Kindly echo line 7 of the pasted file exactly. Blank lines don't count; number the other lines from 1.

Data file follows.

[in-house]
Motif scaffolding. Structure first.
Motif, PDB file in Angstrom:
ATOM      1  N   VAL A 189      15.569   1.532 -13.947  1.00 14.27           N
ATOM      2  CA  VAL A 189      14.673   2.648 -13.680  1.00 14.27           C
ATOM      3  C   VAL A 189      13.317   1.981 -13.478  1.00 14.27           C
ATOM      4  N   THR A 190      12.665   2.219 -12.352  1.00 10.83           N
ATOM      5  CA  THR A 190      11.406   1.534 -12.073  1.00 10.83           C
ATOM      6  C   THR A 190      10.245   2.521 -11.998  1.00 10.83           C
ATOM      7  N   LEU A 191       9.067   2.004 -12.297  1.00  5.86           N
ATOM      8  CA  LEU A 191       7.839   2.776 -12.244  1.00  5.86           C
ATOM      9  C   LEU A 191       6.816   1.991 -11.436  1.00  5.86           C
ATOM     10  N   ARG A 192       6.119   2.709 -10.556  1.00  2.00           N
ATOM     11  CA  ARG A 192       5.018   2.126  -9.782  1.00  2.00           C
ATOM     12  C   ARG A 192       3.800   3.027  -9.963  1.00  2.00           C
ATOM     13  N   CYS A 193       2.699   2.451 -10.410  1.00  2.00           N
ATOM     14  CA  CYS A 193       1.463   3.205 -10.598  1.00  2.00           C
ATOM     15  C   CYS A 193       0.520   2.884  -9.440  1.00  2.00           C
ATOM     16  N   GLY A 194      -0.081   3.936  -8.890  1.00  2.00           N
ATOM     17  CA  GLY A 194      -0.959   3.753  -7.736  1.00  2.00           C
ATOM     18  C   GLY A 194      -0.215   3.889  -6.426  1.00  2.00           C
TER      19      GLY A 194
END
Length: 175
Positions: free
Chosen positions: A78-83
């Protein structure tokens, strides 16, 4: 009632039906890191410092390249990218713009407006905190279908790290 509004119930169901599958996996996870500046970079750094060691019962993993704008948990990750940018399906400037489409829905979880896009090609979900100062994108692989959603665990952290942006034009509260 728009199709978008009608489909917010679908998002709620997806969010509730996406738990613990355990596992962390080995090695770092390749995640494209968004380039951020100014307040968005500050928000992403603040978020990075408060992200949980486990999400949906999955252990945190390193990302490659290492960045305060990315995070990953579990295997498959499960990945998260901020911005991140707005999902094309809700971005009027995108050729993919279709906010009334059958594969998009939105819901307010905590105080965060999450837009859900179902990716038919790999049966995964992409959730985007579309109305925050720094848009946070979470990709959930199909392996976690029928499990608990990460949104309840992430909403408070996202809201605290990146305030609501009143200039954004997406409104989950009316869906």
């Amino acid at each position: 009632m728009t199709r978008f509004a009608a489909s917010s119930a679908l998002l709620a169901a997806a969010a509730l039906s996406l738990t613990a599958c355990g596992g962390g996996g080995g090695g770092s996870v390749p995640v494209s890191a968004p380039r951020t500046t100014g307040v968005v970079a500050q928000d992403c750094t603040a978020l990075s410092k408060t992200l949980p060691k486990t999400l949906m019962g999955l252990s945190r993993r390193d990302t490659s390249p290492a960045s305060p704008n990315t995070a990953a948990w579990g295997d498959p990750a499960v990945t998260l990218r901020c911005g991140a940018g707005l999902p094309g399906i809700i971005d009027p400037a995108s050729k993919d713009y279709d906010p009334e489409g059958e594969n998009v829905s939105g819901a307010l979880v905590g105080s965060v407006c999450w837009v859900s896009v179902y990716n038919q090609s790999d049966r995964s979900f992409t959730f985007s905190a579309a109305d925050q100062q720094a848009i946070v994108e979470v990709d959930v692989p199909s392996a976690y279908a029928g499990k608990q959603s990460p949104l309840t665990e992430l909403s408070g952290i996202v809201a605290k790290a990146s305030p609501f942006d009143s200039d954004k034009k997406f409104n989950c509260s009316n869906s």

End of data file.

ATOM      4  N   THR A 190      12.665   2.219 -12.352  1.00 10.83           N